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Biochemistry. 1998 Dec 8;37(49):17179-91.

Microsomal cytochrome P450 dependent oxidation of N-hydroxyguanidines, amidoximes, and ketoximes: mechanism of the oxidative cleavage of their C=N(OH) bond with formation of nitrogen oxides.

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Laboratoire de Chimie et Biochimie Pharmacologiques et Toxicologiques, URA 400 CNRS, Université Paris V, France.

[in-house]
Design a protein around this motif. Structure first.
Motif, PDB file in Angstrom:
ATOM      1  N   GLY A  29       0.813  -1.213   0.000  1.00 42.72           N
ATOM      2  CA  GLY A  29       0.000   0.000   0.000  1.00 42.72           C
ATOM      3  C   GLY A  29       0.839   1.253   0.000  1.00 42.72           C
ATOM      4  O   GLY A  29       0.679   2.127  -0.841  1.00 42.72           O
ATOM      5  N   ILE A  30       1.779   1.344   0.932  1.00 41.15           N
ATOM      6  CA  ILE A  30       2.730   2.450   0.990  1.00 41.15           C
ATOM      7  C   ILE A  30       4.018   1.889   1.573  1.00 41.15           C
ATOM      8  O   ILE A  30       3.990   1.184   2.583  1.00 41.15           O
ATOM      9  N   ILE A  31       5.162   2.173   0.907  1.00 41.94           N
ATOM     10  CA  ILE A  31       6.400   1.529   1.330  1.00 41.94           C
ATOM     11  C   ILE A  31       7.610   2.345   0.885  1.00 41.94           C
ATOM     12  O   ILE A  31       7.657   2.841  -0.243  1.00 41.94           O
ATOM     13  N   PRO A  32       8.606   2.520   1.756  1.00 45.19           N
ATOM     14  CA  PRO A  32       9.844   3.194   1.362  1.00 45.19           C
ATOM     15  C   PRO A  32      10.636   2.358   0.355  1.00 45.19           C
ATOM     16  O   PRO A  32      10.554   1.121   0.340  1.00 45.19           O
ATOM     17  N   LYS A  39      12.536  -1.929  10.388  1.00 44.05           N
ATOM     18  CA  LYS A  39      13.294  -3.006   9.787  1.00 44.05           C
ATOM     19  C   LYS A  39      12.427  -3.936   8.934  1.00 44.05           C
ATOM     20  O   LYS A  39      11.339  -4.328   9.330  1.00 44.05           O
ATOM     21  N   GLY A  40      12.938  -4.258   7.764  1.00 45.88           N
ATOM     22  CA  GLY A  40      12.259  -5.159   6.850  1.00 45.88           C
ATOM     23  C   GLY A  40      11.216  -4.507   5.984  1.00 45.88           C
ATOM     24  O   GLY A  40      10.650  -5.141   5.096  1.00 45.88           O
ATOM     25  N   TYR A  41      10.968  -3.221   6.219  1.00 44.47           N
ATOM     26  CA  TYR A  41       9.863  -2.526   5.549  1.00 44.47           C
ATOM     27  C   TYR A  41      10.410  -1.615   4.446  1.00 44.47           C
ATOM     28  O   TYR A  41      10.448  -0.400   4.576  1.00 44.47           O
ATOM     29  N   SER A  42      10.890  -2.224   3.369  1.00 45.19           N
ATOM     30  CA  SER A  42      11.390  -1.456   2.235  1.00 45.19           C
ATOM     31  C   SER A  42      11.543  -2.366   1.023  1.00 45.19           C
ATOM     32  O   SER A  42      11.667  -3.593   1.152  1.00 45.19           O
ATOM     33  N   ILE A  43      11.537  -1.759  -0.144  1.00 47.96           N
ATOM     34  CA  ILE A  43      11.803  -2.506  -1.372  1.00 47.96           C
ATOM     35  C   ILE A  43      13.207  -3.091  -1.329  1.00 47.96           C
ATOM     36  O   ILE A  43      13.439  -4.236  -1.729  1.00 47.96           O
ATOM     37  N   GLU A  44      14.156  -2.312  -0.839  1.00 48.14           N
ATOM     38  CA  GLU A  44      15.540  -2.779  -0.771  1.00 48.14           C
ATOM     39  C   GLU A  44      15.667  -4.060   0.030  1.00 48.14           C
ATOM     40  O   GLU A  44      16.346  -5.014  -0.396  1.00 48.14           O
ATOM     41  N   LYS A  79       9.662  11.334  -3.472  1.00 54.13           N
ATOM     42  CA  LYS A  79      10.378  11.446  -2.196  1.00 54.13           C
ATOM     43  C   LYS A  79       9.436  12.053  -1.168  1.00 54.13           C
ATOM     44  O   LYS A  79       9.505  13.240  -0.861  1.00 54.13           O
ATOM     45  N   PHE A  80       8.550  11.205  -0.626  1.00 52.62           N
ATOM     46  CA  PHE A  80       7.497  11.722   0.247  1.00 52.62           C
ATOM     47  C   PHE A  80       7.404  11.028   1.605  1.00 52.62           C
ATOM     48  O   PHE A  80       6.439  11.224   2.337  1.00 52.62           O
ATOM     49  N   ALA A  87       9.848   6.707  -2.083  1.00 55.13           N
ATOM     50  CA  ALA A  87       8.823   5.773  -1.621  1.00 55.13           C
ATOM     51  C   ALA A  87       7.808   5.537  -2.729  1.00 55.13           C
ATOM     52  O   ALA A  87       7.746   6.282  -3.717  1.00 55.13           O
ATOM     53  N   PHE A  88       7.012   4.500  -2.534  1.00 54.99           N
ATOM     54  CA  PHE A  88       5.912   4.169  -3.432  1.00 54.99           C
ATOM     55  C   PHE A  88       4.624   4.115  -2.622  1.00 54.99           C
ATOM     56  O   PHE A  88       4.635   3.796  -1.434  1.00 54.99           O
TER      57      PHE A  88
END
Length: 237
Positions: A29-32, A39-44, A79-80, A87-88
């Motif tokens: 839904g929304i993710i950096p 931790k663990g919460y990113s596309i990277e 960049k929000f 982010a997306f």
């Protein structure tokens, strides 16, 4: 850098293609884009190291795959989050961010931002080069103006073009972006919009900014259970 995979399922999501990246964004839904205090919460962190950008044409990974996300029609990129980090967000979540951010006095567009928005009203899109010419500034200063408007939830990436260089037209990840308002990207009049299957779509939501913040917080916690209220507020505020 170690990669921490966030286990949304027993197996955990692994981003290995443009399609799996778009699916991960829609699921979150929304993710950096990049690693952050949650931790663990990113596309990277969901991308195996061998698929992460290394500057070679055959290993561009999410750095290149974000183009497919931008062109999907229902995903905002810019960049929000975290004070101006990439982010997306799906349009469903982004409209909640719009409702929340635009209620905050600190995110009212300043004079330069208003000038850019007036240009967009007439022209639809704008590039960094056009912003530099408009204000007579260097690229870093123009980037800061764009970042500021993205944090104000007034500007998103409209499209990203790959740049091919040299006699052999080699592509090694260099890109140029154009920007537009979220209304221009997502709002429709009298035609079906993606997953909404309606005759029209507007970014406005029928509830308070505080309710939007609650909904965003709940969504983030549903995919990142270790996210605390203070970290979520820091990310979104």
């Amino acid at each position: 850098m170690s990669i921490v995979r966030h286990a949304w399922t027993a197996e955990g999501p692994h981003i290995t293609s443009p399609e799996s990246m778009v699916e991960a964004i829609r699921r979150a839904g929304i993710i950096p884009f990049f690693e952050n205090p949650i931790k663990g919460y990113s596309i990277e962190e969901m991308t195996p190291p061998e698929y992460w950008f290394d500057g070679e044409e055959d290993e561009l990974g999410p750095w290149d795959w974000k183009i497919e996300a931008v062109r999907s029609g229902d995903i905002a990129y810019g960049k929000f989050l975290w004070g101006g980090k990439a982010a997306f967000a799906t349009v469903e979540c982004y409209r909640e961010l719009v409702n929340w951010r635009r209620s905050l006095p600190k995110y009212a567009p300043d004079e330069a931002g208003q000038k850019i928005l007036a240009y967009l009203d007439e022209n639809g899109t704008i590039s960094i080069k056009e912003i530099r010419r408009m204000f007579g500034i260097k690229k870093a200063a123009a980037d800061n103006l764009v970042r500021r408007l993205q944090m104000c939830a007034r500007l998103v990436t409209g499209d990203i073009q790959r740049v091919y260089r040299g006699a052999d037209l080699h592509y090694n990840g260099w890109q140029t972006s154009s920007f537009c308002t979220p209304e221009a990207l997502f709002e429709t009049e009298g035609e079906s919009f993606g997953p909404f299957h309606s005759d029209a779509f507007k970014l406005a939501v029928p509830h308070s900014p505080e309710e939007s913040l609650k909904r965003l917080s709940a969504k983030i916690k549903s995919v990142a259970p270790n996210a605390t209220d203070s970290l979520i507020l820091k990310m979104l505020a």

Oxidation by rat liver microsomes of 13 compounds involving a C=N(OH) function (including N-hydroxyguanidines, amidoximes, ketoximes, and aldoximes) was found to occur with the release of nitrogen oxides such as NO, NO2-, and NO3-. The greatest activities were observed with liver microsomes from dexamethasone-treated rats (up to 8 nmol of NO2- nmol of P450(-)1 min-1). A detailed study of the microsomal oxidation of some of these compounds was performed. Oxidation of N-(4-chlorophenyl)-N'-hydroxy-guanidine led to the formation of the corresponding urea and cyanamide in addition to NO, NO2-, and NO3-. Formation of all these products was dependent on NADPH, O2, and cytochromes P450. Oxidation of two arylamidoximes was found to occur with formation of the corresponding amides and nitriles in addition to nitrogen oxides. Oxidation of 4-(chlorophenyl)methyl ketone oxime gave the corresponding ketone and nitroalkane as well as NO, NO2-, and NO3-. These reactions were also dependent on cytochromes P450 and required NADPH and O2. Mechanistic experiments showed that microsomal oxidations of amidoximes to the corresponding nitriles and of ketoximes to the corresponding nitroalkanes are not inhibited by superoxide dismutase (SOD) and are performed by a cytochrome P450 active species, presumably the high-valent P450-iron-oxo complex. On the contrary, microsomal oxidation of N-hydroxyguanidines to the corresponding cyanamides was greatly inhibited by SOD and appeared to be mainly due to O2*- derived from the oxidase function of cytochromes P450. Similarly, microsomal oxidations of N-hydroxyguanidines and amidoximes to the corresponding ureas and amides were also found to be mainly performed by O2*-, as shown by the great inhibitory effect of SOD (70-100%) and the ability of the xanthine-xanthine oxidase system to give similar oxidation products. However, it is noteworthy that other species, such as the P450 Fe(II)-O2 complex, are also involved, to a minor extent, in the SOD-insensitive microsomal oxidative cleavages of compounds containing a C=N(OH) bond. Our results suggest a general mechanism for such oxidative cleavages of C=N(OH) bonds with formation of nitrogen oxides by cytochromes P450 and NO-synthases, with the involvement of O2*- and its Fe(III) complex [(FeIII-O2-) or (FeII-O2)] as main active species.

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